BLTC Press Titles

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Vanity Fair

William Thackery

The Secret Doctrine, Volume I Cosmogenesis

H. P. Blavatsky

The Diplomatic Background of the War

Charles Seymour

The Fairy Tale of the Green Snake and the Beautiful Lily

Johann Wolfgang von Goethe, Thomas Carlyle, Rudolf Steiner

Camping & tramping with Roosevelt

by John Burroughs


I have never been disturbed by the President's hunting trips. It is to such men as he that the big game legitimately belongs, — men who regard it from the point of view of the naturalist as well as from that of the sportsman, who are interested in its preservation, and who share with the world the delight they experience in the chase. Such a hunter as Roosevelt is as far removed from the game-butcher as day is from night; and as for his killing of the "varmints," — bears, cougars, and bobcats, — the fewer of these there are, the better for the useful and beautiful game.

The cougars, or mountain lions, in the Park certainly needed killing. The superintendent reported that he had seen where they had slain nineteen elk, and we saw

where they had killed a deer and dragged its body across the trail. Of course, the President would not now on his hunting trips shoot an elk or a deer except to "keep the camp in meat," and for this purpose it is as legitimate as to slay a sheep or a steer for the table at home.

We left Washington on April i, and strung several of the larger Western cities on our thread of travel, — Chicago, Milwaukee, Madison, St. Paul, Minneapolis, — as well as many lesser towns, in each of which the President made an address, sometimes brief, on a few occasions of an hour or more.

He gave himself very freely and heartily to the people wherever he went. He could easily match their Western cordiality and good-fellowship. Wherever his train stopped, crowds soon gathered, or had already gathered, to welcome him. His

advent made a holiday in each town he visited. At all the principal stops the usual programme was: first, his reception by the committee of citizens appointed to receive him, — they usually boarded his private car, and were one by one introduced to him; then a drive through the town with a concourse of carriages; then to the hall or open-air platform, where he spoke to the assembled throng; then to lunch or dinner; and then back to the train, and off for the next stop, — a round of hand-shaking, carriage-driving, speechmaking each day. He usually spoke from eight to ten times every twenty-four hours, sometimes for only a few minutes from the rear platform of his private car, at others for an hour or more in some large hall. In Chicago, Milwaukee, and St. Paul, elaborate banquets were given him and his party, and on each occasion he delivered a carefully prepared speech upon questions that involved the policy of his administration. The throng that greeted him in the vast Auditorium in Chicago — that rose and waved and waved again — was one of the grandest human spectacles I ever witnessed.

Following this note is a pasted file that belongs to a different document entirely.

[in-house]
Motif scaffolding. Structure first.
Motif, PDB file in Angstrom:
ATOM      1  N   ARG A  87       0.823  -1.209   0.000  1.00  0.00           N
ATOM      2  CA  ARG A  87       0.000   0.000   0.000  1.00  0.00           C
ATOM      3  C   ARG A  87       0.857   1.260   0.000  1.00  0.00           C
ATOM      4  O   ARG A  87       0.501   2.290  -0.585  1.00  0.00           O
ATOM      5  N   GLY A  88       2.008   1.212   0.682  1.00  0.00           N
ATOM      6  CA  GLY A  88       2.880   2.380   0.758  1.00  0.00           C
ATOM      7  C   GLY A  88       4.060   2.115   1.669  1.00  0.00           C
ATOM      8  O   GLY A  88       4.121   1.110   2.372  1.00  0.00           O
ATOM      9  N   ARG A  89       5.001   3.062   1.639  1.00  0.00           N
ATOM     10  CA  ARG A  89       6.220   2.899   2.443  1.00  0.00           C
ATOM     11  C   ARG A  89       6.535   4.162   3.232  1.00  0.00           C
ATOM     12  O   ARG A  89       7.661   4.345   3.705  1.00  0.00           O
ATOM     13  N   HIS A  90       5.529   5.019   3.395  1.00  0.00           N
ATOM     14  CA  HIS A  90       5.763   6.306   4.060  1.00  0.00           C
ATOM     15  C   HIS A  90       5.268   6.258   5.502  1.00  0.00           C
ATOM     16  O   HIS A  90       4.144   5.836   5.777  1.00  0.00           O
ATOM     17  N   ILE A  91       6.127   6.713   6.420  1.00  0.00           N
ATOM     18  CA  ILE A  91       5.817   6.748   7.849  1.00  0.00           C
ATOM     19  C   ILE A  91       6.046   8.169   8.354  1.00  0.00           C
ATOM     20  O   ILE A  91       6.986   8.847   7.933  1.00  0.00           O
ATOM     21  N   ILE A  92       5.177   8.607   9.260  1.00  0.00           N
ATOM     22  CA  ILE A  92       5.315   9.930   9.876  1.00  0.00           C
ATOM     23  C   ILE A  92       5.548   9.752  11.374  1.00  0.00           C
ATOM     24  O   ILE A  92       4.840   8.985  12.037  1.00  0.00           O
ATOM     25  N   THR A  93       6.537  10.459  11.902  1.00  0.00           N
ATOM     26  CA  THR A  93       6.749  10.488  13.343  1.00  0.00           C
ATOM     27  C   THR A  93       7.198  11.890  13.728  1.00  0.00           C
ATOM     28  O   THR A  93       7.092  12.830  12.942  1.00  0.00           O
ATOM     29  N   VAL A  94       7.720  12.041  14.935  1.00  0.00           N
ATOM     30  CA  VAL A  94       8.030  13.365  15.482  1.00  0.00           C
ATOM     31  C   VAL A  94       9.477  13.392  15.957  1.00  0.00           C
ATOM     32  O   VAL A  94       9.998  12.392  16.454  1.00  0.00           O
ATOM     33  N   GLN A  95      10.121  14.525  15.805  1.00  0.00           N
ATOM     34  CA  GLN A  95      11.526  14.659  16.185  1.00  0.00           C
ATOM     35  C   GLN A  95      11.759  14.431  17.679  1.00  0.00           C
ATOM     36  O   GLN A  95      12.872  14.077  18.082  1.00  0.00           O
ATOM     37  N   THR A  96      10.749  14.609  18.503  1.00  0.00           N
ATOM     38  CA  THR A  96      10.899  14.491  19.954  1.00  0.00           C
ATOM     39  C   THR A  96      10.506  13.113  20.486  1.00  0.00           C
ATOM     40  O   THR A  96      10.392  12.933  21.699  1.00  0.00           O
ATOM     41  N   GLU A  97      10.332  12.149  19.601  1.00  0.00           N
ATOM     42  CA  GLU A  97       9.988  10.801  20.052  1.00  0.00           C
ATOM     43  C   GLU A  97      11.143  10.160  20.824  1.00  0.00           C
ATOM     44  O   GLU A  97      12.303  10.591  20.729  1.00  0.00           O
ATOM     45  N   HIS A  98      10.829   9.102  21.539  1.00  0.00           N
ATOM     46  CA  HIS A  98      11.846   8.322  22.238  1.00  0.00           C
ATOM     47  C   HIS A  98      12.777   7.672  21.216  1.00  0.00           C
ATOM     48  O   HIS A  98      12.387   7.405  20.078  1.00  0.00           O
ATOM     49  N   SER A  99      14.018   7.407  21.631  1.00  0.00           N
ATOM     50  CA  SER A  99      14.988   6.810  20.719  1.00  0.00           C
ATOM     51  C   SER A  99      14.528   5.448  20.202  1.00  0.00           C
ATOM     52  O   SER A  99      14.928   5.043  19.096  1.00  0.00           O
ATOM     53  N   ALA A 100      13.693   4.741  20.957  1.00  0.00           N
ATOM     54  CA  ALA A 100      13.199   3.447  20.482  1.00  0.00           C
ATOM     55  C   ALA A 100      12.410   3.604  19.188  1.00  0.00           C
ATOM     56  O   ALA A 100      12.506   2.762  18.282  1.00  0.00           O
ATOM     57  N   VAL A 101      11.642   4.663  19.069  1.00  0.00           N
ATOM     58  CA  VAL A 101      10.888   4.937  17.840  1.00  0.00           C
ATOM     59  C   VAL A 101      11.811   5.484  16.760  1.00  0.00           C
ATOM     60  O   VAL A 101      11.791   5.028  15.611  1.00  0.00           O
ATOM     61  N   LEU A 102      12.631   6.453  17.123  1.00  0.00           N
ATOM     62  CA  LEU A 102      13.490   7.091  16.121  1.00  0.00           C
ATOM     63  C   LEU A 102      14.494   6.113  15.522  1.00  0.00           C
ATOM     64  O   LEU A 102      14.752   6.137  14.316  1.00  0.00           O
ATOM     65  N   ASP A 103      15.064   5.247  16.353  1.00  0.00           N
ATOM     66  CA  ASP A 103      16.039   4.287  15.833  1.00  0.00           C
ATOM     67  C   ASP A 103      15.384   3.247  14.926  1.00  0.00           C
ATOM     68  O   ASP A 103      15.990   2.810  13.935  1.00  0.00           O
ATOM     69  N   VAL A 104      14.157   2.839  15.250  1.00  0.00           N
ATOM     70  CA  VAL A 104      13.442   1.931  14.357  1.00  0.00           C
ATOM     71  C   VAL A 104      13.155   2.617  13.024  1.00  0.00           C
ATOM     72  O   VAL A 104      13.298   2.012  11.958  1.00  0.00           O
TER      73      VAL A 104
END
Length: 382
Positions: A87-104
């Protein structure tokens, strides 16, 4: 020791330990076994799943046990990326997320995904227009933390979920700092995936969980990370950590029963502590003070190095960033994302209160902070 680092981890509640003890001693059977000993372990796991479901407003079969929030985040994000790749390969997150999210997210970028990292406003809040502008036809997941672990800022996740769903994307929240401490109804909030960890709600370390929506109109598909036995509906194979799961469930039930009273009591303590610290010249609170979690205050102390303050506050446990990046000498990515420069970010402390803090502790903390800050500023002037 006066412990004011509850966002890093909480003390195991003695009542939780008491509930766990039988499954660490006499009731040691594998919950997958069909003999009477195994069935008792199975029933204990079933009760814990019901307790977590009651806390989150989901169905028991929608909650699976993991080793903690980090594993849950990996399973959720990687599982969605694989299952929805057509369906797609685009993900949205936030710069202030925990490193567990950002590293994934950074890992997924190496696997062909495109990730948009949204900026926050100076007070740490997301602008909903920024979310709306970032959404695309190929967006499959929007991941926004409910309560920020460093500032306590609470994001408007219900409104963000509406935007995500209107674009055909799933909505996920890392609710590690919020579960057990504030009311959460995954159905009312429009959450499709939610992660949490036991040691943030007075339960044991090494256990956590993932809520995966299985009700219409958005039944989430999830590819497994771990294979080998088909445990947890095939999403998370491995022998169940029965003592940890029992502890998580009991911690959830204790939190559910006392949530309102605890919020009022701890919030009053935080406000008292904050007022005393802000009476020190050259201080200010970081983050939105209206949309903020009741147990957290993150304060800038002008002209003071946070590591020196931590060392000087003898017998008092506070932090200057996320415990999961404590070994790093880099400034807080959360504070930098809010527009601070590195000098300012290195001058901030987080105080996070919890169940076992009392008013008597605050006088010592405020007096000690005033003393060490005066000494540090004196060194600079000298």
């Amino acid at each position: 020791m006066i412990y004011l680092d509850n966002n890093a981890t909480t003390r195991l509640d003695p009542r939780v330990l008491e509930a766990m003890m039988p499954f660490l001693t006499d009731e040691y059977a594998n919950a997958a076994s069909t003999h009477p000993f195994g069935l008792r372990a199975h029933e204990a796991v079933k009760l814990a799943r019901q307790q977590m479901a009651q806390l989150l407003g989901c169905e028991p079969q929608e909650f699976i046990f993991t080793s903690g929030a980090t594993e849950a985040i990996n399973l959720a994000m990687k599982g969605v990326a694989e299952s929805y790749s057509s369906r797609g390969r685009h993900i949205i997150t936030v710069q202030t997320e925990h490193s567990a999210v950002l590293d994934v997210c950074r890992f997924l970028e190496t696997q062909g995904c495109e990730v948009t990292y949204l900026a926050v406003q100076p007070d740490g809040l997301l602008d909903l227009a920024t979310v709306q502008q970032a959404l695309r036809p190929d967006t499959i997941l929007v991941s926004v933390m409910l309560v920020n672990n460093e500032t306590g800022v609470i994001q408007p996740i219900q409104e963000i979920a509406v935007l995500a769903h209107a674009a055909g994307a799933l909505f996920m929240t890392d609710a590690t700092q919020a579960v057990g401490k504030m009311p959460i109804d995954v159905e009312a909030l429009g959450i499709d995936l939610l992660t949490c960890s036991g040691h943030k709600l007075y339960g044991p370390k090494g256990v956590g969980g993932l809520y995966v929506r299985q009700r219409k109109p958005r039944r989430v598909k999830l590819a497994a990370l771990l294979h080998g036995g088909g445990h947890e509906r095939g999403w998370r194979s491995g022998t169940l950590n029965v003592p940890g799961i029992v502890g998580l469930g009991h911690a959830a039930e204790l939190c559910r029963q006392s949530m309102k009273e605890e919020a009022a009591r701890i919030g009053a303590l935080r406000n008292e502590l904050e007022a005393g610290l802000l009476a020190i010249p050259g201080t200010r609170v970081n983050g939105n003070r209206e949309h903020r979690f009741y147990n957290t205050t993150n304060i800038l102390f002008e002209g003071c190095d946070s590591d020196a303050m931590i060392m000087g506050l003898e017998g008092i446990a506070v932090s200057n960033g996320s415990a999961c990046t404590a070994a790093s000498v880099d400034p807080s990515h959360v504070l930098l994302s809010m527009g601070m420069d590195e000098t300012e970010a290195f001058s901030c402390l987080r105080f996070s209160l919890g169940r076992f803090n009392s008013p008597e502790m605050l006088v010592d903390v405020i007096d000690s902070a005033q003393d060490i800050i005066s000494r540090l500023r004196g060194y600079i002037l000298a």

In Milwaukee the dense cloud of tobacco smoke that presently filled the large hall after the feasting was over was enough to choke any speaker, but it did not seem to choke the President, though he does not use tobacco in any form himself; nor was there anything foggy about his utterances on that occasion upon legislative control of the trusts.

In St. Paul the city was inundated with humanity, — a vast human tide that left the middle of the streets bare as our line of carriages moved slowly along, but that rose up in solid walls of town and prairie humanity on the sidewalks and city dooryards. How hearty and happy the myriad faces looked! At one

point I spied in the throng on the curbstone a large silk banner that bore my own name as the title of some society. I presently saw that it was borne by half a dozen anxious and expectant-looking schoolgirls with braids down their backs. As my carriage drew near them, they pressed their way through the throng and threw a large bouquet of flowers into my lap. I think it would be hard to say who blushed the deeper, the girls or myself. It was the first time I had ever had flowers showered upon me in public; and then, maybe, I felt that on such an occasion I was only a minor side issue, and public recognition was not called for. But the incident pleased the President. " I saw that banner and those flowers," he said afterwards; "and I was delighted to see you honored that way." But I fear I have not to this day thanked the Monroe

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